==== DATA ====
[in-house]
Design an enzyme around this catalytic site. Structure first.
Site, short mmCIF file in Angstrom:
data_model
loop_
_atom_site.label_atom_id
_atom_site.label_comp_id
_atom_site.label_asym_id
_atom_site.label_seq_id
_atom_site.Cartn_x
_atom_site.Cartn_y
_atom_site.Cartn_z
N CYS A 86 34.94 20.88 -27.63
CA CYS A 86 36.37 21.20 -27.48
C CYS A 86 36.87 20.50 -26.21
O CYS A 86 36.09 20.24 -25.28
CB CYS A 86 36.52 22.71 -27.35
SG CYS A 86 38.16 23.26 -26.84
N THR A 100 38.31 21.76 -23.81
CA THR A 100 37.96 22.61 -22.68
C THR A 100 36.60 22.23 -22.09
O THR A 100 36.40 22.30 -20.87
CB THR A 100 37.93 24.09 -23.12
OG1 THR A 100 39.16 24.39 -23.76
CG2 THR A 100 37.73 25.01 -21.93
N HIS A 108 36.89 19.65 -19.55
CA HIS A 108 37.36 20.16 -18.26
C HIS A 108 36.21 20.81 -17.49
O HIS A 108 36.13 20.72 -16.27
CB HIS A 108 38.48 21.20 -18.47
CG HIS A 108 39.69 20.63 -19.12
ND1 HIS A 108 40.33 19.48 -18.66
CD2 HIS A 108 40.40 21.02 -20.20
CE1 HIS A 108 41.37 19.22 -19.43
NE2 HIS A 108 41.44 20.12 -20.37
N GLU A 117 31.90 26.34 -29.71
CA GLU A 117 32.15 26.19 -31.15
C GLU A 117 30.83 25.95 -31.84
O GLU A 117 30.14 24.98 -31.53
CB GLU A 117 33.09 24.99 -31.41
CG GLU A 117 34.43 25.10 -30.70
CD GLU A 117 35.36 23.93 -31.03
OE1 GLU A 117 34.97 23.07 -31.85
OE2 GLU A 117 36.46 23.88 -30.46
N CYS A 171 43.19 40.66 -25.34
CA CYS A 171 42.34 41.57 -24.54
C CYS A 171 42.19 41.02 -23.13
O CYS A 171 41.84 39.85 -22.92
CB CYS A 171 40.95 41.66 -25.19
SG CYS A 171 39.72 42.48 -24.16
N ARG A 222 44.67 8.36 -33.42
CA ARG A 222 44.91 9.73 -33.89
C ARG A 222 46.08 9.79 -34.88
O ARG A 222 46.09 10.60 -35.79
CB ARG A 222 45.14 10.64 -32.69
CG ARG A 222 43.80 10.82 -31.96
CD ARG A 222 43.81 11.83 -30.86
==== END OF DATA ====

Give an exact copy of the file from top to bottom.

[in-house]
Design an enzyme around this catalytic site. Structure first.
Site, short mmCIF file in Angstrom:
data_model
loop_
_atom_site.label_atom_id
_atom_site.label_comp_id
_atom_site.label_asym_id
_atom_site.label_seq_id
_atom_site.Cartn_x
_atom_site.Cartn_y
_atom_site.Cartn_z
N CYS A 86 34.94 20.88 -27.63
CA CYS A 86 36.37 21.20 -27.48
C CYS A 86 36.87 20.50 -26.21
O CYS A 86 36.09 20.24 -25.28
CB CYS A 86 36.52 22.71 -27.35
SG CYS A 86 38.16 23.26 -26.84
N THR A 100 38.31 21.76 -23.81
CA THR A 100 37.96 22.61 -22.68
C THR A 100 36.60 22.23 -22.09
O THR A 100 36.40 22.30 -20.87
CB THR A 100 37.93 24.09 -23.12
OG1 THR A 100 39.16 24.39 -23.76
CG2 THR A 100 37.73 25.01 -21.93
N HIS A 108 36.89 19.65 -19.55
CA HIS A 108 37.36 20.16 -18.26
C HIS A 108 36.21 20.81 -17.49
O HIS A 108 36.13 20.72 -16.27
CB HIS A 108 38.48 21.20 -18.47
CG HIS A 108 39.69 20.63 -19.12
ND1 HIS A 108 40.33 19.48 -18.66
CD2 HIS A 108 40.40 21.02 -20.20
CE1 HIS A 108 41.37 19.22 -19.43
NE2 HIS A 108 41.44 20.12 -20.37
N GLU A 117 31.90 26.34 -29.71
CA GLU A 117 32.15 26.19 -31.15
C GLU A 117 30.83 25.95 -31.84
O GLU A 117 30.14 24.98 -31.53
CB GLU A 117 33.09 24.99 -31.41
CG GLU A 117 34.43 25.10 -30.70
CD GLU A 117 35.36 23.93 -31.03
OE1 GLU A 117 34.97 23.07 -31.85
OE2 GLU A 117 36.46 23.88 -30.46
N CYS A 171 43.19 40.66 -25.34
CA CYS A 171 42.34 41.57 -24.54
C CYS A 171 42.19 41.02 -23.13
O CYS A 171 41.84 39.85 -22.92
CB CYS A 171 40.95 41.66 -25.19
SG CYS A 171 39.72 42.48 -24.16
N ARG A 222 44.67 8.36 -33.42
CA ARG A 222 44.91 9.73 -33.89
C ARG A 222 46.08 9.79 -34.88
O ARG A 222 46.09 10.60 -35.79
CB ARG A 222 45.14 10.64 -32.69
CG ARG A 222 43.80 10.82 -31.96
CD ARG A 222 43.81 11.83 -30.86